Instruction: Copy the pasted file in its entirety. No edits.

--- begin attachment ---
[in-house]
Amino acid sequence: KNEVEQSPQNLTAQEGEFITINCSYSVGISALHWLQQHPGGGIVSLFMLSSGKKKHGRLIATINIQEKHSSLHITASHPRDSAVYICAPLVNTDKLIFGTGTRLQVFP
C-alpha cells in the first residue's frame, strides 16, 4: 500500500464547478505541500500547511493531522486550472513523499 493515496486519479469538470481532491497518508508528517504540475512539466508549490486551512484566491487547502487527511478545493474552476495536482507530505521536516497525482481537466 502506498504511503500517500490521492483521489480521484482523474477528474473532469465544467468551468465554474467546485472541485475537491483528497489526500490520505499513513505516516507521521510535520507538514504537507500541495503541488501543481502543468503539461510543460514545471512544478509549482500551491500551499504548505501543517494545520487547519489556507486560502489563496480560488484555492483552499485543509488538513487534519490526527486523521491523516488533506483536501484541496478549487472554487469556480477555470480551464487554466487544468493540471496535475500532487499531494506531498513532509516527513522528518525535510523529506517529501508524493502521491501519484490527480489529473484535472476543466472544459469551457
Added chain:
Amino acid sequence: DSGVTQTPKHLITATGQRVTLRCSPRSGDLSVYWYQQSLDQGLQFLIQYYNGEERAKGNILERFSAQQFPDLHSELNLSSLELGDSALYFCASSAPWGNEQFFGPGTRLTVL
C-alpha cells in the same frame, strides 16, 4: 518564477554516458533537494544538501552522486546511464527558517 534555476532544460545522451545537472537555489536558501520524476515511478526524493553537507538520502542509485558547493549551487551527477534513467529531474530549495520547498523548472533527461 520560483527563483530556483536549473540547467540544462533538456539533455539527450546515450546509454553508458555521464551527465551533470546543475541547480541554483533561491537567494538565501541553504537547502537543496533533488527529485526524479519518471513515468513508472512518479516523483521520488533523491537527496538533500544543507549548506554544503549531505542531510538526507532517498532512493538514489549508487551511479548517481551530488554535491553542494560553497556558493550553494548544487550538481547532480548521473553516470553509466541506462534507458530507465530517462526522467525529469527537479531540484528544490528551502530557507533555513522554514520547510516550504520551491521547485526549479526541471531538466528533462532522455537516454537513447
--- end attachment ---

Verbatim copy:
[in-house]
Amino acid sequence: KNEVEQSPQNLTAQEGEFITINCSYSVGISALHWLQQHPGGGIVSLFMLSSGKKKHGRLIATINIQEKHSSLHITASHPRDSAVYICAPLVNTDKLIFGTGTRLQVFP
C-alpha cells in the first residue's frame, strides 16, 4: 500500500464547478505541500500547511493531522486550472513523499 493515496486519479469538470481532491497518508508528517504540475512539466508549490486551512484566491487547502487527511478545493474552476495536482507530505521536516497525482481537466 502506498504511503500517500490521492483521489480521484482523474477528474473532469465544467468551468465554474467546485472541485475537491483528497489526500490520505499513513505516516507521521510535520507538514504537507500541495503541488501543481502543468503539461510543460514545471512544478509549482500551491500551499504548505501543517494545520487547519489556507486560502489563496480560488484555492483552499485543509488538513487534519490526527486523521491523516488533506483536501484541496478549487472554487469556480477555470480551464487554466487544468493540471496535475500532487499531494506531498513532509516527513522528518525535510523529506517529501508524493502521491501519484490527480489529473484535472476543466472544459469551457
Added chain:
Amino acid sequence: DSGVTQTPKHLITATGQRVTLRCSPRSGDLSVYWYQQSLDQGLQFLIQYYNGEERAKGNILERFSAQQFPDLHSELNLSSLELGDSALYFCASSAPWGNEQFFGPGTRLTVL
C-alpha cells in the same frame, strides 16, 4: 518564477554516458533537494544538501552522486546511464527558517 534555476532544460545522451545537472537555489536558501520524476515511478526524493553537507538520502542509485558547493549551487551527477534513467529531474530549495520547498523548472533527461 520560483527563483530556483536549473540547467540544462533538456539533455539527450546515450546509454553508458555521464551527465551533470546543475541547480541554483533561491537567494538565501541553504537547502537543496533533488527529485526524479519518471513515468513508472512518479516523483521520488533523491537527496538533500544543507549548506554544503549531505542531510538526507532517498532512493538514489549508487551511479548517481551530488554535491553542494560553497556558493550553494548544487550538481547532480548521473553516470553509466541506462534507458530507465530517462526522467525529469527537479531540484528544490528551502530557507533555513522554514520547510516550504520551491521547485526549479526541471531538466528533462532522455537516454537513447